|Publication number||US4682229 A|
|Application number||US 06/189,934|
|Publication date||Jul 21, 1987|
|Filing date||Sep 19, 1980|
|Priority date||Sep 21, 1979|
|Also published as||DE3035532A1, DE3035532C2|
|Publication number||06189934, 189934, US 4682229 A, US 4682229A, US-A-4682229, US4682229 A, US4682229A|
|Inventors||Philip V. Coates, Brian J. Eaton|
|Original Assignee||Emi Limited|
|Export Citation||BiBTeX, EndNote, RefMan|
|Patent Citations (2), Non-Patent Citations (4), Referenced by (7), Classifications (11)|
|External Links: USPTO, USPTO Assignment, Espacenet|
The present invention relates to controlling the grey levels represented by a video signal representing a scene.
In order to discriminate between objects of interest and background or noise in some classes of scenes, thresholding has been used. In an example of thresholding, those image points whose grey levels are darker than the threshold are mapped into "black" and the remaining points into "white" resulting in a two level picture: (Threshold Evaluation Techniques"--Weska and Rosenfeld--I.E.E.E. Transactions on Systems, Man, and Cybernetics--Vol. SMC 8 No. 8 August 1978 p622 to 629).
Another technique may be used to reduce noise in an image having more than two grey levels. This technique involves replacing the grey level of each pixel by the minimum (or maximum) level of it and its neighbours: see I.E.E.E. Transactions Vol. SMC 8 No. 8 August 1978 p632 to 635--Nakagawa and Rosenfeld.
It is an object of the present invention to provide an alternative technique for enhancing the discrimination of an object from background in a scene.
According to one aspect of the invention there is provided a method of controlling the grey levels represented by a video signal indicative of a plurality of pixels forming a representation of a scene comprising the steps of
determining the mean grey levels of a portion, at least of the video signal representing a corresponding part of the scene,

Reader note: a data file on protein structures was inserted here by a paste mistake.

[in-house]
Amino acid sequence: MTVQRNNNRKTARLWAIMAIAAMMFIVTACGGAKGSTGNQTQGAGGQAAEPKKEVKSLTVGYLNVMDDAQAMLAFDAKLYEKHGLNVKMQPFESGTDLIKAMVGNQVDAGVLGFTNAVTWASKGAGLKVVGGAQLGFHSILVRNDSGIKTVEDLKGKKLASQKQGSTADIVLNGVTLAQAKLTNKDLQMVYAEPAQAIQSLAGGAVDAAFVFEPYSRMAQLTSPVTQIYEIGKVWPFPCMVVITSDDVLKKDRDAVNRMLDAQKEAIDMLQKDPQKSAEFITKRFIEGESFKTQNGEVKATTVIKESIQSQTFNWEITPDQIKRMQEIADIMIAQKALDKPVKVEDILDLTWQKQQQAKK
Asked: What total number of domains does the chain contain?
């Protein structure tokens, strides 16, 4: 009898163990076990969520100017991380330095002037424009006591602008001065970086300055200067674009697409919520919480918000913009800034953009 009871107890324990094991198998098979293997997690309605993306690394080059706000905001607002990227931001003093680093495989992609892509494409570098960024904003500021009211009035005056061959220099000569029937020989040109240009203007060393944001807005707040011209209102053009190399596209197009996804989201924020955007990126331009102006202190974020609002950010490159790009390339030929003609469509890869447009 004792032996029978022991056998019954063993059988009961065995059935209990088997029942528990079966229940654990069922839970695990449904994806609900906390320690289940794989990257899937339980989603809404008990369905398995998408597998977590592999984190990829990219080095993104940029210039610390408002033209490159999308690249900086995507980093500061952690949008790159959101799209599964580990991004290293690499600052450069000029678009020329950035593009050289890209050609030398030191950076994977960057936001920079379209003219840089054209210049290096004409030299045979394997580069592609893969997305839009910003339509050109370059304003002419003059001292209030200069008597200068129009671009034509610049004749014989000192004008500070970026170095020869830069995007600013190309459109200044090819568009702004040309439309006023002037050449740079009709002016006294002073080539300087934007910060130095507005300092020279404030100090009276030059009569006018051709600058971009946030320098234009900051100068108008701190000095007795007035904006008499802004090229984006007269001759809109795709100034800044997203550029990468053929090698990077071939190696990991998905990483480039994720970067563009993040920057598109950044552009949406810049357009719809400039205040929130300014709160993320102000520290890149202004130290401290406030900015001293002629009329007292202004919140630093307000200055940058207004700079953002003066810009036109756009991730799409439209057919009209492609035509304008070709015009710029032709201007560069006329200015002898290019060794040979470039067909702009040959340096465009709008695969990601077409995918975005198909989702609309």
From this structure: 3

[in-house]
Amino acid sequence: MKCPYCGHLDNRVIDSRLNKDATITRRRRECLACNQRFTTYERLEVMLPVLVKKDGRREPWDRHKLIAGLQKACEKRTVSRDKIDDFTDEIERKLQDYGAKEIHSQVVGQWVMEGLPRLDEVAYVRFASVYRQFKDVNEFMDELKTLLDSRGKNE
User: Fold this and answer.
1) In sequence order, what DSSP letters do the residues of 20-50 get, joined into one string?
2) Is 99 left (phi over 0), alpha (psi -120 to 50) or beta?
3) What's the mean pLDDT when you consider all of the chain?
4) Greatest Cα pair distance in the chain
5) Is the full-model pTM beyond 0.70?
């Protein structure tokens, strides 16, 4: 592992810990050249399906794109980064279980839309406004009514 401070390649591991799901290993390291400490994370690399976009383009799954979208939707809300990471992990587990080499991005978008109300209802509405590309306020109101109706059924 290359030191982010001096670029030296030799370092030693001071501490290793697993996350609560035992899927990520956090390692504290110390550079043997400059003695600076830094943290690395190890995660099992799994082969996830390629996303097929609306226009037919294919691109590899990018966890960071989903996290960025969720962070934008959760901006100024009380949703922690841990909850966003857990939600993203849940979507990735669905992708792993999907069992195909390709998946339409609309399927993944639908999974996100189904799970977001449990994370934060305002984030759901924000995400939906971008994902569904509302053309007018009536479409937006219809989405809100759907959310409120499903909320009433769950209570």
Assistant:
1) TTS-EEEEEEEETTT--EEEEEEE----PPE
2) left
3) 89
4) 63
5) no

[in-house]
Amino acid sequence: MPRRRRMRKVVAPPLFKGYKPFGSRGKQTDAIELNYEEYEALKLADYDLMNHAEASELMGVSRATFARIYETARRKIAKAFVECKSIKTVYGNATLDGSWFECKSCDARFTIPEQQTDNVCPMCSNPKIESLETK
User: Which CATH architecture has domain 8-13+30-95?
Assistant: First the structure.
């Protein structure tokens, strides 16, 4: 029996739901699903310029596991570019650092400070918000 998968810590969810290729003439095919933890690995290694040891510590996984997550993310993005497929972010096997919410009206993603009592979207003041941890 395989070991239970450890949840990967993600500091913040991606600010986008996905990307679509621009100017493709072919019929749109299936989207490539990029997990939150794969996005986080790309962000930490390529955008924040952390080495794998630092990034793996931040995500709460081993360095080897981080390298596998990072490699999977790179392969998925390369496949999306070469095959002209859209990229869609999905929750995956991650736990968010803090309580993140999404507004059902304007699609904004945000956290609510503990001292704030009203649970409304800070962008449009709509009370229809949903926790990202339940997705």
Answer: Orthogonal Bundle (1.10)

determining the value of an indication of a dispersion, relative to said mean levels of grey levels exhibited by the pixels representing said part,
comparing the determined values with corresponding desired values, and
varying the video signal to reduce differences between the determined and desired values.
According to another aspect of the invention there is provided an apparatus for controlling the grey levels represented by a video signal indicative of a plurality of pixels forming a representation of a scene, comprising
means for storing a portion of the video signal representing at least part of the scene,
means for determining the mean grey level of the stored video signal,
means for determining the value of an indication of a dispersion, relative to said mean level, of the grey levels exhibited by the pixels representing said part,
means for comparing the determined mean level with a desired mean level,
means for comparing the determined value of the indication of dispersion with a desired level of the indication of dispersion, and
means responsive to the comparisons to vary the video signal in a sense to reduce the differences between each of the said determined values and its corresponding desired value.
For a better understanding of the present invention, reference will now be made, by way of example, to the accompanying drawings, in which:
FIG. 1 comprises a graph of signal level versus scene temperature for a thermal imaging system and a graph showing the distribution of pixels with temperature for the same system,
FIG. 2 is a block diagram of a thermal imaging system according to the invention,
FIGS. 3A to D are diagrams illustrating the operation of the system of FIG. 2,
FIG. 4 is a block diagram of a circuit of the system of FIG. 2 for determining mean grey level,
FIG. 5 is a block diagram of a circuit for the system of FIG. 2 for determining a histogram of the distribution of pixels over temperature, and
FIG. 6 is a block diagram of a circuit of the systems of FIG. 2 for determining the value of an indication of the dispersion of the values of grey levels about the mean grey level and for determining the difference between that value and a desired value.
Referring to FIG. 2, the imaging system comprises an infra-red T.V. camera 20 for viewing a scene. The TV camera has a dynamic range of from example 0° C. to 200° C. with a resolution of 0.1° C. giving 2000 grey levels. The variation of signal level is shown schematically by straight-line A in FIG. 1; in practice this line would have the form A=RT.sup.γ where A=signal level and T=temperature, R=constant and γ defines a desired contrast law. A conventional television display device can display approximately only 60 to 100 grey levels and so only a portion of the dynamic range of the camera can be used. The present invention aids the ability to discriminate objects of interest (hereinafter referred to as "targets") from background or noise in the displayed image of the scene by controlling the distribution of the temperature in the chosen portion (hereinafter referred to as the "temperature window") of the dynamic range amongst the pixels in the displayed image and the position (hereinafter referred to as "offset") of the temperature window in the range.